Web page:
The majority of Scots think that same-sex couples should have the right to marry, according to our latest poll for the Equality Network
. A majority also think that religious organisations should be able to decide whether to conduct same-sex marriages.
When asked whether they agree or disagree with the statement same-sex couples should have the right to get married, a third of Scots strongly agreed (33%) while just under a third agreed with the statement (31%). Just over a quarter of Scots either disagreed (9%) or strongly disagreed (17%).
There were also considerable differences in opinion across demographic groups. Women were more likely than men to agree with the statement (70% of women agreed compared to 56% of men), while those aged 55 and over were far less likely to agree than younger age groups (44% of those aged 55+ compared with 75% of those aged under 55). Conservative supporters were also less likely than supporters of the other main parties to agree.
Asked whether they agree or disagree with the statement religious organisations should have the right to decide for themselves whether or not to conduct same-sex marriages, over two thirds of Scots agreed (30% strongly agreed and 38% agreed). One in five Scots disagreed (10% disagreed and 11% strongly disagreed). Levels of agreement with this statement were broadly similar across demographic groups and by party support.
The questions were placed on Ipsos MORI’s Scottish Public Opinion Monitor, a quarterly telephone survey conducted among a representative sample of 1,000 adults drawn from the general public across Scotland.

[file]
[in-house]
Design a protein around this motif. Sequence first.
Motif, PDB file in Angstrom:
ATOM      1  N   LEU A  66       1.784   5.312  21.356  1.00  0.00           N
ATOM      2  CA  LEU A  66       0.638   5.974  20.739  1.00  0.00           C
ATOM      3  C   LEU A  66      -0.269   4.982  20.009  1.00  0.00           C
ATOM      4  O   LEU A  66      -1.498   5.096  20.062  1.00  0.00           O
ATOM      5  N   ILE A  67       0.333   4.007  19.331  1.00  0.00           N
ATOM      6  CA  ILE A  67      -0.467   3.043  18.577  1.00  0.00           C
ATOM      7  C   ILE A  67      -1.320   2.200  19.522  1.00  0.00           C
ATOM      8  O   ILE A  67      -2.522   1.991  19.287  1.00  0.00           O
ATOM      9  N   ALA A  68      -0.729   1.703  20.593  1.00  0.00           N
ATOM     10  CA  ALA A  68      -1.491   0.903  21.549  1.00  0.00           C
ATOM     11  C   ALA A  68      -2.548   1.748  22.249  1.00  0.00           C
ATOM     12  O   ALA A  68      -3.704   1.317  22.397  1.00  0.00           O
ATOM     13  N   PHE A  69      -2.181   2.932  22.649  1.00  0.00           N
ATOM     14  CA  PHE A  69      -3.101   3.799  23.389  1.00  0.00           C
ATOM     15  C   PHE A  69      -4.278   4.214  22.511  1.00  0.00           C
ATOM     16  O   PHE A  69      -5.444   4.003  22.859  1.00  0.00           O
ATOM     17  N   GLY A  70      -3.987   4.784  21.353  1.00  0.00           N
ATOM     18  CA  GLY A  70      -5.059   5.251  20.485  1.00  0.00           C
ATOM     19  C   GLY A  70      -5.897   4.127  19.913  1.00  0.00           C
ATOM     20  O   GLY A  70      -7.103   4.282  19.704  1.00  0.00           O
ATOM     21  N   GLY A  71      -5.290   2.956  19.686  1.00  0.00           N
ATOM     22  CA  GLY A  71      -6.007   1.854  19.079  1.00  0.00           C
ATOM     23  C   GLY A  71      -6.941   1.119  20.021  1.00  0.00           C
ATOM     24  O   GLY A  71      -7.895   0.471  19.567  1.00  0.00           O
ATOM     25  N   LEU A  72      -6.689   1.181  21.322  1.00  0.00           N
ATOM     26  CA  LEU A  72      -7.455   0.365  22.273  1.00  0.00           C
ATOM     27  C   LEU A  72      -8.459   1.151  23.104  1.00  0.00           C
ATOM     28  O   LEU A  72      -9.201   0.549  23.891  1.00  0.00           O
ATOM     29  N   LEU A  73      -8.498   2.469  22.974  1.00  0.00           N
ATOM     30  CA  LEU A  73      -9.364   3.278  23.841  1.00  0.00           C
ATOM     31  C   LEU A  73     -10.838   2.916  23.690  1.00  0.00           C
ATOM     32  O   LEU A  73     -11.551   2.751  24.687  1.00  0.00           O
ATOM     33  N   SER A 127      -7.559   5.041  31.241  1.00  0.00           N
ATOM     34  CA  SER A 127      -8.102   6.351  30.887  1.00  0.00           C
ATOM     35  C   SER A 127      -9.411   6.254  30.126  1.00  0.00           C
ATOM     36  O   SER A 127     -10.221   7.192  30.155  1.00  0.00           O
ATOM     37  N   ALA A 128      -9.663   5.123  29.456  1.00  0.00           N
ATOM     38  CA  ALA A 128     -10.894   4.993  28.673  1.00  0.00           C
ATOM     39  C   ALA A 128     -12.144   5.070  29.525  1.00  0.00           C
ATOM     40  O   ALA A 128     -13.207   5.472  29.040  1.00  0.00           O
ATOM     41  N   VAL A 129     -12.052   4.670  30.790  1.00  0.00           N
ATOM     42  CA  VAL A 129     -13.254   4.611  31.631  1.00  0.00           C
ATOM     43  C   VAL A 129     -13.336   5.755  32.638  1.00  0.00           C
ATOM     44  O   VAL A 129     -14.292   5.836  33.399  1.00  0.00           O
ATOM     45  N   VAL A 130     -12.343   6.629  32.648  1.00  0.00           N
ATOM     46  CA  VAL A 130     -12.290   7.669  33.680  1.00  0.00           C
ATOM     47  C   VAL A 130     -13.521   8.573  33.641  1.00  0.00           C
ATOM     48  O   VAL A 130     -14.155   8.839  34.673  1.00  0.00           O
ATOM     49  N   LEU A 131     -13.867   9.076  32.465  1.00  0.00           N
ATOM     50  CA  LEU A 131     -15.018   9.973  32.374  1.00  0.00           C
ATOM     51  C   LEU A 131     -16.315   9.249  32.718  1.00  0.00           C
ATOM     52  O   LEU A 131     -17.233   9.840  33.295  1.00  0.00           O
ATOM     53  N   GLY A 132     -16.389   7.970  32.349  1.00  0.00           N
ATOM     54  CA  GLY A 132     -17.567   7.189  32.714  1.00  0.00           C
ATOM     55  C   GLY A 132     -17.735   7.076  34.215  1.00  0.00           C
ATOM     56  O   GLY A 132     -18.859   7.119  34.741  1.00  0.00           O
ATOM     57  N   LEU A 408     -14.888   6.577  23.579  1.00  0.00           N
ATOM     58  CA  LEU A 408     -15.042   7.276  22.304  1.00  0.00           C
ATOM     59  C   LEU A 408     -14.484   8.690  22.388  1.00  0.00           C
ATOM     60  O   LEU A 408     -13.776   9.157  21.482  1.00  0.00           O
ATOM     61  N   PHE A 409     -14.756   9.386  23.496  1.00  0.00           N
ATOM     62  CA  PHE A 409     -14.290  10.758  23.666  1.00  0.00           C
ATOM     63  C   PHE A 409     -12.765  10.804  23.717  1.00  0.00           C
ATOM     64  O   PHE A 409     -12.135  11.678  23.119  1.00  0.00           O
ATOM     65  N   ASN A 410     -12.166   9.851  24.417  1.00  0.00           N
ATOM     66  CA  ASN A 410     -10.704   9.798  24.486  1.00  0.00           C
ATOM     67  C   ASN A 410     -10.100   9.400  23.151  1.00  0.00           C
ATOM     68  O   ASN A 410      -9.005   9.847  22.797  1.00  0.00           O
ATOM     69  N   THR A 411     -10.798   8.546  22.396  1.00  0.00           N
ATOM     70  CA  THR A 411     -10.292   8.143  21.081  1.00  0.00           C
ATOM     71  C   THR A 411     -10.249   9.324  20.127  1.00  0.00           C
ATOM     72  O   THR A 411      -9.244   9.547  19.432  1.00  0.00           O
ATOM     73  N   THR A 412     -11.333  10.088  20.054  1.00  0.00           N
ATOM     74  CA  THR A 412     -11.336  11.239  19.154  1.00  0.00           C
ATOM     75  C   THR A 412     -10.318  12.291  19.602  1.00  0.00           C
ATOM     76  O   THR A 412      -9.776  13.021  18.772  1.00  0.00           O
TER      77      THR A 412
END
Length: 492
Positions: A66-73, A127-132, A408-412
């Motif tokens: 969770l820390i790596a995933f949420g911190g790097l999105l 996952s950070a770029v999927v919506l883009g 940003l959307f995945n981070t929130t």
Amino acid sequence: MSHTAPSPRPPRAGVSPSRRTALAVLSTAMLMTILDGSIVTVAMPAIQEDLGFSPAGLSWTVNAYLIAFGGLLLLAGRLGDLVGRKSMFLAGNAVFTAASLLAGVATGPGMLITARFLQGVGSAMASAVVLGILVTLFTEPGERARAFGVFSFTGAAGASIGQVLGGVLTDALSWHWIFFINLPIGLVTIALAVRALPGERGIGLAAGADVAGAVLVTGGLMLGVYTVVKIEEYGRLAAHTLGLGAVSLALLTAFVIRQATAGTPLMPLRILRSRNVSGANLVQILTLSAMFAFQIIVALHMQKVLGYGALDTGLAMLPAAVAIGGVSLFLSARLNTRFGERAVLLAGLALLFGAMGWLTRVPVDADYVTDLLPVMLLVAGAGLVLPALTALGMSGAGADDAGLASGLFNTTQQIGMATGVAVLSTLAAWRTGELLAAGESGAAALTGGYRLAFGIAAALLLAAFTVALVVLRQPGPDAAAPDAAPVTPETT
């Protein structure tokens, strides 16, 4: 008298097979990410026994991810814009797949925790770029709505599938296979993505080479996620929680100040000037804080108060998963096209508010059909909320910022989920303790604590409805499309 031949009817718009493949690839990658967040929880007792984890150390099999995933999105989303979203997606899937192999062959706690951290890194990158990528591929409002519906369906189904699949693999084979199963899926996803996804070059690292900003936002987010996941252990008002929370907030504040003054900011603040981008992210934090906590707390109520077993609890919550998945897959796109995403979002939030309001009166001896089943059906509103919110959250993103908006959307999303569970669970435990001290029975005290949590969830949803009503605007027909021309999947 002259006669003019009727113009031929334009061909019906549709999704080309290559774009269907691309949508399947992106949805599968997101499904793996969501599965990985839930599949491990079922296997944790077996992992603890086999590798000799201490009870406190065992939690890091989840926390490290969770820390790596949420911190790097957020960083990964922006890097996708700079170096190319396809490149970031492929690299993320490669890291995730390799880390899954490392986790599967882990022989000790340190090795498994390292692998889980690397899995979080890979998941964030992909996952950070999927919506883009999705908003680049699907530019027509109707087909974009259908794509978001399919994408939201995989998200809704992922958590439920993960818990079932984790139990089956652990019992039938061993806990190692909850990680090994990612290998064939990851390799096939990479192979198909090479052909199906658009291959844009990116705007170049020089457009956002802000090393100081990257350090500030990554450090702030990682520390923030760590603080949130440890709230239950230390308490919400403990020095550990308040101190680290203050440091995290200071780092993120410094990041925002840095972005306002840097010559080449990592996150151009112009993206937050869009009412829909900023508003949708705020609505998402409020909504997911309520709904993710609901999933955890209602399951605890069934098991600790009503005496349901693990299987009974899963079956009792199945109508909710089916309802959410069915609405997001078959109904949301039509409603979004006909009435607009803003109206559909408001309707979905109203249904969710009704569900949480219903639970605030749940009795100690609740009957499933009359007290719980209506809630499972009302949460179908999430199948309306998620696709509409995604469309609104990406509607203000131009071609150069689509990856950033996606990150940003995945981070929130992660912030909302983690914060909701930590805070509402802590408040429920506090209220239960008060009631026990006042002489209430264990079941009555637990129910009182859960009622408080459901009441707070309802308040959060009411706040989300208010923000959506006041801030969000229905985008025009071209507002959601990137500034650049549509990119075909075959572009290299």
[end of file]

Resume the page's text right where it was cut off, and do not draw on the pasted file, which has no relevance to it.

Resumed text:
Christopher McLean, Senior Research Executive at Ipsos MORI Scotland said:
“As the Scottish Government prepares to publish the results of its consultation on same-sex marriage, this latest poll indicates that a clear majority of Scots support same-sex couples having the right to marry. However, it also highlights the considerable gulf in opinion between the generations, with around three quarters of younger people agreeing compared to less than half of those aged 55 and over.”
Download the charts here (PDF)
- Results are based on a survey of 1,003 respondents conducted by telephone between 7th June and 13th June 2012
- Data are weighted by age, sex and working status using census data, and tenure using SHS data, and by public-private sector employment by Scottish Government Quarterly Public Sector Series data.
- An asterisk (*) indicates a percentage of less than 0.5% but greater than 0.
- Where results do not sum to 100, this may be due to multiple responses or computer rounding.
- Where the base size is less than 30 the number (N) rather than the percentage of respondents is given.